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John Lackey: A Tommy John Surgery Success Story

John Lackey (therichest.org)

There were a variety of question marks hovering around the Boston Red Sox entering the 2013 season. Few loomed as large as starting pitcher John Lackey’s return after sitting out last season as he recovered from Tommy John reconstructive elbow surgery. Two months in, it is safe to say that question has been answered, and Red Sox Nation couldn’t be more delighted with the result.

The 34-year-old is sporting a 2.79 ERA and WHIP of 1.14 through nine starts this season and has tallied 50 strikeouts while only walking 14 batters. He’s kept opposing teams to three or fewer earned runs in eight of his nine starts so far this season. That is something he managed to do only 13 times in 28 opportunities during his 2011 campaign, which also included career highs in both ERA (6.41) and WHIP (1.62). It’s amazing what some surgery and a year off can do, but Lackey isn’t surprised by his success at all.

“I’m definitely happy where I’m at,” said the Texas native, “but you guys keep thinking that I’m surprised that I’m successful. I’ve been pretty good in this league a few times.”

It’s very true that Lackey is no stranger to success. The veteran right hander has built a very impressive resume throughout his career that includes a World Series championship with the Angels in 2002 as well as an All-Star selection along with ownership of the lowest ERA in the American League (3.01) in 2007. The key to his success was his heater. With above average velocity, Lackey would pound the strike zone with his fastball and collect outs at an incredibly efficient rate. So far in 2013, it appears he has regained the confidence in his fastball that seemed to disappear in 2011.

In 2007, when Lackey placed third in AL Cy Young voting, 62.1% of all pitches were fastballs. In 2011, by far the worst season of his career, his percentage of fastballs thrown fell to around 51%. In his most recent start against the Rangers, in which he allowed one run and five hits through six innings of work, over 78% of the pitches he threw were fastballs.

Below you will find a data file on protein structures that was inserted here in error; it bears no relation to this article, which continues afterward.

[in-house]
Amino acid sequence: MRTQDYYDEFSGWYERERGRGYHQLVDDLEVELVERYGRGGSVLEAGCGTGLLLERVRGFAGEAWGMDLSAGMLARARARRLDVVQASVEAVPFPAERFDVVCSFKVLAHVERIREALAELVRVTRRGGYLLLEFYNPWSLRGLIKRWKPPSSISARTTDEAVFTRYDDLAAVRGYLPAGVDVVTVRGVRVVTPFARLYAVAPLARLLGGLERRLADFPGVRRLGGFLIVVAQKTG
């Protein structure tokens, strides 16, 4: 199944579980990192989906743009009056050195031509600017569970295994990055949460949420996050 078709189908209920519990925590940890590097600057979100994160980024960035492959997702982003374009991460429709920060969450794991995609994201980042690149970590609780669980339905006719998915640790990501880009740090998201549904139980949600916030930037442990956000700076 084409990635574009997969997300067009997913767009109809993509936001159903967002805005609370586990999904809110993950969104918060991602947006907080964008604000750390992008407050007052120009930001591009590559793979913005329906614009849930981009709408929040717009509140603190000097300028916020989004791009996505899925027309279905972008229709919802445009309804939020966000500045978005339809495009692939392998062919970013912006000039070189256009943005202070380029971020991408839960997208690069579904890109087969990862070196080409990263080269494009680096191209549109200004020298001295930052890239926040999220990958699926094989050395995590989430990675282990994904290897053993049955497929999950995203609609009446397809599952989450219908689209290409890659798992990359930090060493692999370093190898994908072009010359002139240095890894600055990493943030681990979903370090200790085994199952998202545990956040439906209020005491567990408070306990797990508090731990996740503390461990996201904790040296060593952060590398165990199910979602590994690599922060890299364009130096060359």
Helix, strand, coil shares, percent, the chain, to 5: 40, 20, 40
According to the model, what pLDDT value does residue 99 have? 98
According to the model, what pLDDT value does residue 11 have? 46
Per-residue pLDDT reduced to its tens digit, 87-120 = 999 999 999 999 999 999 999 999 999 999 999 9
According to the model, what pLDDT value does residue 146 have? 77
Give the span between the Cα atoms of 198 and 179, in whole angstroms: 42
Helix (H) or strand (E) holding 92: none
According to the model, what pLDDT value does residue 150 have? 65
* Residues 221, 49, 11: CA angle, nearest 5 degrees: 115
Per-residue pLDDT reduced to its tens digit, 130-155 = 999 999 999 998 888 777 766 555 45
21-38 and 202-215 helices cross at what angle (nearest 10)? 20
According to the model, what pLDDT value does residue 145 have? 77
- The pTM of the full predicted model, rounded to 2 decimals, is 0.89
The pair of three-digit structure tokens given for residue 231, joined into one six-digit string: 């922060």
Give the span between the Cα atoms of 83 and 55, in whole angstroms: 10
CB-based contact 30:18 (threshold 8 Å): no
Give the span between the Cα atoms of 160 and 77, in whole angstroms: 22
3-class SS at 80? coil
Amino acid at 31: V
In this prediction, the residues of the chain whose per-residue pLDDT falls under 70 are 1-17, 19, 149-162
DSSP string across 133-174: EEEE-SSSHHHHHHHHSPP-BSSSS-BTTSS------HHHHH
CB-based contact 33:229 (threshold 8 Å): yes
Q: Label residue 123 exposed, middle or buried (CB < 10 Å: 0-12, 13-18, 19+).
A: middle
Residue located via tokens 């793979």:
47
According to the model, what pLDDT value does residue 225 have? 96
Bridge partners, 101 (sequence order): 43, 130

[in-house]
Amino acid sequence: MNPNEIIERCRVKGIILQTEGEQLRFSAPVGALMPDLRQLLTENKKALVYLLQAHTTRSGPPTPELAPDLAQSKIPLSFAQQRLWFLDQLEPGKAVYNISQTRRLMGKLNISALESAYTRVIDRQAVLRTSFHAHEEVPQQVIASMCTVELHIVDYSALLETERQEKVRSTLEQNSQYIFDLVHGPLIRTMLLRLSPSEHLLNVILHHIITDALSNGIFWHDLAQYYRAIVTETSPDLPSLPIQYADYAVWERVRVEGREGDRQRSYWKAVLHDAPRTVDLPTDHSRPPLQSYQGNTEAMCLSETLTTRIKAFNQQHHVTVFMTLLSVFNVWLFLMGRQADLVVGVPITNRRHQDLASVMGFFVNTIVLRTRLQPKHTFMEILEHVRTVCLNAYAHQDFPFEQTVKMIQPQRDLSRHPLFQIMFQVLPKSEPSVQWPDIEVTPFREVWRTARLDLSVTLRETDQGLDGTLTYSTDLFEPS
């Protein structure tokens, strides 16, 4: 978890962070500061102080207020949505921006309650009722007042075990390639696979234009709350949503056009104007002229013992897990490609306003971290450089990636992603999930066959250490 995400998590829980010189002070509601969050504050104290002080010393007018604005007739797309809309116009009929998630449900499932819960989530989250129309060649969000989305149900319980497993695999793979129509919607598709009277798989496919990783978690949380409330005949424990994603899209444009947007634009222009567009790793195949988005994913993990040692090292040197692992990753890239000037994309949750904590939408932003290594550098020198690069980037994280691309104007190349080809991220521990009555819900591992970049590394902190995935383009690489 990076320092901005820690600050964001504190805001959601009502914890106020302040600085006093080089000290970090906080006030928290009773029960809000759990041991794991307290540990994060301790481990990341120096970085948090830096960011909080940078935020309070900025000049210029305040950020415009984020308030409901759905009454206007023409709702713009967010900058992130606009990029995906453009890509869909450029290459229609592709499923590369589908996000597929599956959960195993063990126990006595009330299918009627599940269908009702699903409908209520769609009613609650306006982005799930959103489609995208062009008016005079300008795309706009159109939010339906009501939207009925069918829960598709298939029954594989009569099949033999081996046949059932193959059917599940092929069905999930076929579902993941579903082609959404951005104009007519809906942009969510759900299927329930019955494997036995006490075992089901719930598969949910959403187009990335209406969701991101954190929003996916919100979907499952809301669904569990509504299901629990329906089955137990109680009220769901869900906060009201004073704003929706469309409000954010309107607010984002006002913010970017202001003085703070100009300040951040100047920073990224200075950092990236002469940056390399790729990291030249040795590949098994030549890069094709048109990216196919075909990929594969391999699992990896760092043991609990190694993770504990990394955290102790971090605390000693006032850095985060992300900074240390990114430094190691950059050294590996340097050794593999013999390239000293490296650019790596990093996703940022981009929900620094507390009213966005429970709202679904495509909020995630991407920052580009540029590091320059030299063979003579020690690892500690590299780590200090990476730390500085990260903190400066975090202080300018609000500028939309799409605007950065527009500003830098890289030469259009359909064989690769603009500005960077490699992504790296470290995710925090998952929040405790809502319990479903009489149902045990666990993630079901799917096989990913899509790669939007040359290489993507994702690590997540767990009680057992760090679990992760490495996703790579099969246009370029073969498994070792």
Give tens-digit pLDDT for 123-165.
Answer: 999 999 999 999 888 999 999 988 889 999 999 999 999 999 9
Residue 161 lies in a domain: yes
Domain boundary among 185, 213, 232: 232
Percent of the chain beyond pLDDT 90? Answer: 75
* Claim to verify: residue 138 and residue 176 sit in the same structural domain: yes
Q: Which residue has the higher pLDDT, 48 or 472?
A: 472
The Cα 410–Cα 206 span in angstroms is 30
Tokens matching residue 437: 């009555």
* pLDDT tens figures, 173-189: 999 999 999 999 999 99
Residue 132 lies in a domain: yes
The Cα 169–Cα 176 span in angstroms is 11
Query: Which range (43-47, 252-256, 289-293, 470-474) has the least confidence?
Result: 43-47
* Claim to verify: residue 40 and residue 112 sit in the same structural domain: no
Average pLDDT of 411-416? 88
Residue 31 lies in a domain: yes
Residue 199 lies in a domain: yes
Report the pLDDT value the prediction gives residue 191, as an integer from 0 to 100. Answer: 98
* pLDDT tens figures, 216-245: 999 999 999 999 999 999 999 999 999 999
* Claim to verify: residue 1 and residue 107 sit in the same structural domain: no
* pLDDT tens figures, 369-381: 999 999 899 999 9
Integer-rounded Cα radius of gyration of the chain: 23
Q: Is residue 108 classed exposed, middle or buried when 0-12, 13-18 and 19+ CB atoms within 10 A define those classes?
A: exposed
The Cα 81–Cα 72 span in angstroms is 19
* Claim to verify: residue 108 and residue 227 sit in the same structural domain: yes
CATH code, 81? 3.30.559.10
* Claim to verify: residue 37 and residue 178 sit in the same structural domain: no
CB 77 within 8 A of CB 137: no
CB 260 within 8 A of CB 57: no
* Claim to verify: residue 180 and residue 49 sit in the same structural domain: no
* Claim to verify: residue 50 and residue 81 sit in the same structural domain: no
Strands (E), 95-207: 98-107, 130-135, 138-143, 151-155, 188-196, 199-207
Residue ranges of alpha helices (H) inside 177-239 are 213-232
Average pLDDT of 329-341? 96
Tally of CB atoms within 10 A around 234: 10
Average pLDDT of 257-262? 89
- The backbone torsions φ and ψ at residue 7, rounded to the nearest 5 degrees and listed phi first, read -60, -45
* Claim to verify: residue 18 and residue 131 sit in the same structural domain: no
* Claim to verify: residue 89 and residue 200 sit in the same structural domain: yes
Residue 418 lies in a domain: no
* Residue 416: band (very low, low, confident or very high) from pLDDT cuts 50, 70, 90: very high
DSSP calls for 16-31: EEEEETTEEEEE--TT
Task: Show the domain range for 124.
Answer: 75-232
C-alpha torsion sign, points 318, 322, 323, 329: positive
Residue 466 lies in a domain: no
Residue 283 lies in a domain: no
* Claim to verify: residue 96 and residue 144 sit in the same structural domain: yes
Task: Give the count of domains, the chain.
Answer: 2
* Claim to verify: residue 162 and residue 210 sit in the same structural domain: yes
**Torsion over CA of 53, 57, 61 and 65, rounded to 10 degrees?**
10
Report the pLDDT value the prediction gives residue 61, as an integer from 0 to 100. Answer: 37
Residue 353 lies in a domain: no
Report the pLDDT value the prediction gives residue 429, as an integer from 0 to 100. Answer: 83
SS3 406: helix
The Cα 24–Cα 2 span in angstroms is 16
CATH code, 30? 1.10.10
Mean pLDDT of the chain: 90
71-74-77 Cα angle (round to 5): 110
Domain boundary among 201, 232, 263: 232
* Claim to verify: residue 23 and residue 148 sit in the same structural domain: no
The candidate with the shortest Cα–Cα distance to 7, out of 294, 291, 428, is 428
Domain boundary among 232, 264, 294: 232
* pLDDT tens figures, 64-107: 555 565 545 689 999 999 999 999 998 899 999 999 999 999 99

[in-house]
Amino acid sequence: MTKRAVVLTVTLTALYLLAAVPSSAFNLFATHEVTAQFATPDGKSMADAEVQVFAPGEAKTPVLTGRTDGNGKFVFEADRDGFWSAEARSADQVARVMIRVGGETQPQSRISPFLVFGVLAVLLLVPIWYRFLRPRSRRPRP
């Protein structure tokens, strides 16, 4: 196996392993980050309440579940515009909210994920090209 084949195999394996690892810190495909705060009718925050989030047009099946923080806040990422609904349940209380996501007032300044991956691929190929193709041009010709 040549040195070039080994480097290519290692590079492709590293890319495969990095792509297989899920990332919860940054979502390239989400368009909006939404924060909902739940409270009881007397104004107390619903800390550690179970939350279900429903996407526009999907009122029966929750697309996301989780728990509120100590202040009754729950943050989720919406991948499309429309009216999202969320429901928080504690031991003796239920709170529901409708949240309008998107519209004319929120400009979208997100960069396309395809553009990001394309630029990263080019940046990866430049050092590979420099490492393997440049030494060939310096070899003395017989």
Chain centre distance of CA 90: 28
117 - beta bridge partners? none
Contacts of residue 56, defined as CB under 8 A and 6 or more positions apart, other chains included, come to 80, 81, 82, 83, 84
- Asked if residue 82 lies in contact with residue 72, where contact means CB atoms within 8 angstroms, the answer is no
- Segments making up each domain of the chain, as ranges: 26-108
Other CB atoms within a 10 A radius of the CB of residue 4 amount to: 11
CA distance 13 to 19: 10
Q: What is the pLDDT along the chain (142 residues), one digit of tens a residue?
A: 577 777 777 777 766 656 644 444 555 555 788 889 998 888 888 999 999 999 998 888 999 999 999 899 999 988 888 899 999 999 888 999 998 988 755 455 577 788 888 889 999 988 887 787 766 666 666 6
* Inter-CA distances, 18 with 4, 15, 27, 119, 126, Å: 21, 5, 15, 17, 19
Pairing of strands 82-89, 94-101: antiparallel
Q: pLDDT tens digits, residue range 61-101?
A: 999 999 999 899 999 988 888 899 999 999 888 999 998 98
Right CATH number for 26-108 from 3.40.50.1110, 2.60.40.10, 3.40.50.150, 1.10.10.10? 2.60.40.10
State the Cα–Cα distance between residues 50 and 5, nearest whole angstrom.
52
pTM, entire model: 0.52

While the repaired elbow is likely a large contributor to his improvement in consistency, manager John Farrell also noted the improved physical condition of his pitcher heading into 2013.

“I think a lot of that stems from the reshaping of his body,” Farrell said. “It’s freed his body up. He’s got better body control, he’s more consistent in the outings he’s pitched, and he repeats his delivery very well. When you consider that he’s thrown pitches to both sides of the plate, that further emphasizes his body control and delivery being repeated.”

Lackey’s early success could symbolize the former ace’s reemergence and furthermore, October baseball for the rest of his team. A healthy Lackey has given the Red Sox depth in their pitching rotation that has been missing since 2008. Clay Buchholz has become a Cy Young candidate while Jon Lester and Ryan Dempster have shored up the middle of the rotation fantastically. Adding a veteran like Lackey to the back end of that group makes the Boston rotation seem almost bottomless.

As Boston’s offense currently leads all of baseball in runs scored with 326, the early success of the pitching rotation has allowed the team to take flight. Currently sitting at first place in the AL East with a record of 38-25, the depth of the pitching staff that John Lackey has helped create is showing real promise for the remainder of the 2013 season.

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